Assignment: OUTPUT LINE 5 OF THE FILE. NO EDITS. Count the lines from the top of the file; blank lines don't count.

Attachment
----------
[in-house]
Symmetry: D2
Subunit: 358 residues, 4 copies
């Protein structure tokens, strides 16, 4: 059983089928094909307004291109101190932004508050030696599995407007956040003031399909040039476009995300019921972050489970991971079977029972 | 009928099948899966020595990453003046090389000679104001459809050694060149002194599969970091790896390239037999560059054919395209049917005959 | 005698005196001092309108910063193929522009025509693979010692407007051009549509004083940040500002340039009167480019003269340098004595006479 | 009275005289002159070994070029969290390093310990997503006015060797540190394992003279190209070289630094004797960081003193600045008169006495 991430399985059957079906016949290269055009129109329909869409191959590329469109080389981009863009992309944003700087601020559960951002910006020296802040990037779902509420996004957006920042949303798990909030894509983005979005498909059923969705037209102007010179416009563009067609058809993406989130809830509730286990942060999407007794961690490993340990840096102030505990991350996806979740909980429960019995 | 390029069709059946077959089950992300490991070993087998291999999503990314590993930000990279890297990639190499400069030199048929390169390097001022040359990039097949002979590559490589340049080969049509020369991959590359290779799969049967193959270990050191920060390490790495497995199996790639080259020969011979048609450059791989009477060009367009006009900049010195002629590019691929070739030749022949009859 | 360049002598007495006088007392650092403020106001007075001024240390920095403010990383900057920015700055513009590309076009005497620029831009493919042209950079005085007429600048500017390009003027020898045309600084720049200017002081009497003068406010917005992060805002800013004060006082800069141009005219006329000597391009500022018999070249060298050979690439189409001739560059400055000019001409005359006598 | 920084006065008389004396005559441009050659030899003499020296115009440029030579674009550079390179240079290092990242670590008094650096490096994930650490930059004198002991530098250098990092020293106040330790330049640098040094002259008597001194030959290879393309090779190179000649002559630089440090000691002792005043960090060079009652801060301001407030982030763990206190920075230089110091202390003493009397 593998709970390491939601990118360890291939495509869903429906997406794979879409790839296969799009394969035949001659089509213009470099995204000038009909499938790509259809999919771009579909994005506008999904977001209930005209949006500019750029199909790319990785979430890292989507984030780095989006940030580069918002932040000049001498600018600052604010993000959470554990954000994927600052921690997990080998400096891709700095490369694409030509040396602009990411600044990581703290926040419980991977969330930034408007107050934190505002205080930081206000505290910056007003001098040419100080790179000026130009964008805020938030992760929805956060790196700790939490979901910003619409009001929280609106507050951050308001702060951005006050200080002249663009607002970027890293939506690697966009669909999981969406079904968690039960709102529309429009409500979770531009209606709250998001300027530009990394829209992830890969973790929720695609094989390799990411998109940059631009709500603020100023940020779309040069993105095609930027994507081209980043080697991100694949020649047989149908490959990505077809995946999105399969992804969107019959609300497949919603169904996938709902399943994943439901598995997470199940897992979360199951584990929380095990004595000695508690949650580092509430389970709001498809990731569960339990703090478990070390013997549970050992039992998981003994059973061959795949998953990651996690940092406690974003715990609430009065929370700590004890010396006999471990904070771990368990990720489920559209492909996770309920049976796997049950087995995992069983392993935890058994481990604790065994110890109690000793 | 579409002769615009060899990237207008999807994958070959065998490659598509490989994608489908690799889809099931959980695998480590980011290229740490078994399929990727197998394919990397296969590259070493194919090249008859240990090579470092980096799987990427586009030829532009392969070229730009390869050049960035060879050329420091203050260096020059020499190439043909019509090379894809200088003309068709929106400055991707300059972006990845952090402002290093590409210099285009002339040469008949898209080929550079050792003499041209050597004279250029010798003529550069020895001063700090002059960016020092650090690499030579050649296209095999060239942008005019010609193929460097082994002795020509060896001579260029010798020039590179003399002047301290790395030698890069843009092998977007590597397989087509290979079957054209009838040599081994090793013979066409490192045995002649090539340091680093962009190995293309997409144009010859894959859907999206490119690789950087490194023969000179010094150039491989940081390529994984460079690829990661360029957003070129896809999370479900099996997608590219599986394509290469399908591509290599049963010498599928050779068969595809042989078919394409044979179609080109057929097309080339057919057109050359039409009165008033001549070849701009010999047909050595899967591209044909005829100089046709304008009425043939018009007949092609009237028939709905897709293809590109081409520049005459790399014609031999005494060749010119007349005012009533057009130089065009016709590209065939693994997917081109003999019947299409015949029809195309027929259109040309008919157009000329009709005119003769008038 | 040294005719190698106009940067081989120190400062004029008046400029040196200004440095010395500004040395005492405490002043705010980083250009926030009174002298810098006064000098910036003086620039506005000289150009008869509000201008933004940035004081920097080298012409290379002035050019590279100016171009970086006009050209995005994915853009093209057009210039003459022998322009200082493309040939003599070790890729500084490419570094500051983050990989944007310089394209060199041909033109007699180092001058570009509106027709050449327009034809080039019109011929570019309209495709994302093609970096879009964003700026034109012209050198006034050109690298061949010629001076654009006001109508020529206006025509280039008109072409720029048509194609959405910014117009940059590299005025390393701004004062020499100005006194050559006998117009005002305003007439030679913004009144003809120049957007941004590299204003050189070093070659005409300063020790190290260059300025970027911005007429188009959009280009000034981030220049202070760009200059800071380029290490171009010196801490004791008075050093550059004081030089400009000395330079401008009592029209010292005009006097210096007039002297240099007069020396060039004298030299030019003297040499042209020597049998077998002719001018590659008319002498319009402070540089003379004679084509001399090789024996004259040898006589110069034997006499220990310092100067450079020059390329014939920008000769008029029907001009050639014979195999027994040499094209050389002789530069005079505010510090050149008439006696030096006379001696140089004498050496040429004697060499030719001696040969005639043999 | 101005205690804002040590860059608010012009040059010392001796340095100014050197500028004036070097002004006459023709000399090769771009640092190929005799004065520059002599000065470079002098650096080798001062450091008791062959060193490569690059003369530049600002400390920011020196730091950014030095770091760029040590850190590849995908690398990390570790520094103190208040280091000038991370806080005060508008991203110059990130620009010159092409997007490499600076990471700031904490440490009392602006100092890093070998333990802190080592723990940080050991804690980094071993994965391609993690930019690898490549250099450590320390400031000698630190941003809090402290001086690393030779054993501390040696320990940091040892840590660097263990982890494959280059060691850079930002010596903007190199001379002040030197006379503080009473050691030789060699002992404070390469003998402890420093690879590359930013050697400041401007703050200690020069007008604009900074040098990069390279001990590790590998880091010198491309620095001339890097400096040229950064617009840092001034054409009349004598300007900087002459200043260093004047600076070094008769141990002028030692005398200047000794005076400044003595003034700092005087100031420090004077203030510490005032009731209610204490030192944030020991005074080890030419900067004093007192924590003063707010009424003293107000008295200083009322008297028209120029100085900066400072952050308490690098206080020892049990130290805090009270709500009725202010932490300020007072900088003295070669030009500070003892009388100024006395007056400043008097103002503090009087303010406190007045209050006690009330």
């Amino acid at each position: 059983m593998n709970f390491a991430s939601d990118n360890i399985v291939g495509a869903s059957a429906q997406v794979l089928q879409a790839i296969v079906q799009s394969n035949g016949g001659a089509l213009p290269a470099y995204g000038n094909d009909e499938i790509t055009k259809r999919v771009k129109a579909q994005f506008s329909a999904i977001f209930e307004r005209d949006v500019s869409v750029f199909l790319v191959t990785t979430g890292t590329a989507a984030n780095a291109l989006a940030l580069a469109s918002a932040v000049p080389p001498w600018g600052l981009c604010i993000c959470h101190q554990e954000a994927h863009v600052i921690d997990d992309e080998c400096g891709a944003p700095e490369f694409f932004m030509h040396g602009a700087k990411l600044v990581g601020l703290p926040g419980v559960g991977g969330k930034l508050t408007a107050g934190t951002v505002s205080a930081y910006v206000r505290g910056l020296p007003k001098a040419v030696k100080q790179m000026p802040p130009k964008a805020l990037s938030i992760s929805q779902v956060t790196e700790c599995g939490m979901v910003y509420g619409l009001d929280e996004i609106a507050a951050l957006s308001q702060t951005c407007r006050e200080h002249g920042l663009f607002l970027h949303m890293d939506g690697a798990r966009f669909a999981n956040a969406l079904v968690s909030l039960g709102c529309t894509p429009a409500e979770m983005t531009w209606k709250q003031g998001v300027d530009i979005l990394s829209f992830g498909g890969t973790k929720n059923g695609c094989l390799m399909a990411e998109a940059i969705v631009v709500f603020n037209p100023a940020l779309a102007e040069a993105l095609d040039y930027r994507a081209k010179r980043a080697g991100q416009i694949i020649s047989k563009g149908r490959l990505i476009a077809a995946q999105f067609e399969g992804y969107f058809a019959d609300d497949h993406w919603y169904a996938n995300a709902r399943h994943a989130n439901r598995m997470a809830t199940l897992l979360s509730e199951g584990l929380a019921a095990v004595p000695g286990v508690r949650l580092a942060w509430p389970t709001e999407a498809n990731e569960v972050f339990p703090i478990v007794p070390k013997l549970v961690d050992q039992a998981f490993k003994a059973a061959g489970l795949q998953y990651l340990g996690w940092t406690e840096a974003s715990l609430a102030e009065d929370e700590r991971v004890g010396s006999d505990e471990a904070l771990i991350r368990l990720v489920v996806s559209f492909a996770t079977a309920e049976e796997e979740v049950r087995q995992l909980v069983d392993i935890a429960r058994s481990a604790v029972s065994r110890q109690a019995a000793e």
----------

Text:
């Amino acid at each position: 059983m593998n709970f390491a991430s939601d990118n360890i399985v291939g495509a869903s059957a429906q997406v794979l089928q879409a790839i296969v079906q799009s394969n035949g016949g001659a089509l213009p290269a470099y995204g000038n094909d009909e499938i790509t055009k259809r999919v771009k129109a579909q994005f506008s329909a999904i977001f209930e307004r005209d949006v500019s869409v750029f199909l790319v191959t990785t979430g890292t590329a989507a984030n780095a291109l989006a940030l580069a469109s918002a932040v000049p080389p001498w600018g600052l981009c604010i993000c959470h101190q554990e954000a994927h863009v600052i921690d997990d992309e080998c400096g891709a944003p700095e490369f694409f932004m030509h040396g602009a700087k990411l600044v990581g601020l703290p926040g419980v559960g991977g969330k930034l508050t408007a107050g934190t951002v505002s205080a930081y910006v206000r505290g910056l020296p007003k001098a040419v030696k100080q790179m000026p802040p130009k964008a805020l990037s938030i992760s929805q779902v956060t790196e700790c599995g939490m979901v910003y509420g619409l009001d929280e996004i609106a507050a951050l957006s308001q702060t951005c407007r006050e200080h002249g920042l663009f607002l970027h949303m890293d939506g690697a798990r966009f669909a999981n956040a969406l079904v968690s909030l039960g709102c529309t894509p429009a409500e979770m983005t531009w209606k709250q003031g998001v300027d530009i979005l990394s829209f992830g498909g890969t973790k929720n059923g695609c094989l390799m399909a990411e998109a940059i969705v631009v709500f603020n037209p100023a940020l779309a102007e040069a993105l095609d040039y930027r994507a081209k010179r980043a080697g991100q416009i694949i020649s047989k563009g149908r490959l990505i476009a077809a995946q999105f067609e399969g992804y969107f058809a019959d609300d497949h993406w919603y169904a996938n995300a709902r399943h994943a989130n439901r598995m997470a809830t199940l897992l979360s509730e199951g584990l929380a019921a095990v004595p000695g286990v508690r949650l580092a942060w509430p389970t709001e999407a498809n990731e569960v972050f339990p703090i478990v007794p070390k013997l549970v961690d050992q039992a998981f490993k003994a059973a061959g489970l795949q998953y990651l340990g996690w940092t406690e840096a974003s715990l609430a102030e009065d929370e700590r991971v004890g010396s006999d505990e471990a904070l771990i991350r368990l990720v489920v996806s559209f492909a996770t079977a309920e049976e796997e979740v049950r087995q995992l909980v069983d392993i935890a429960r058994s481990a604790v029972s065994r110890q109690a019995a000793e």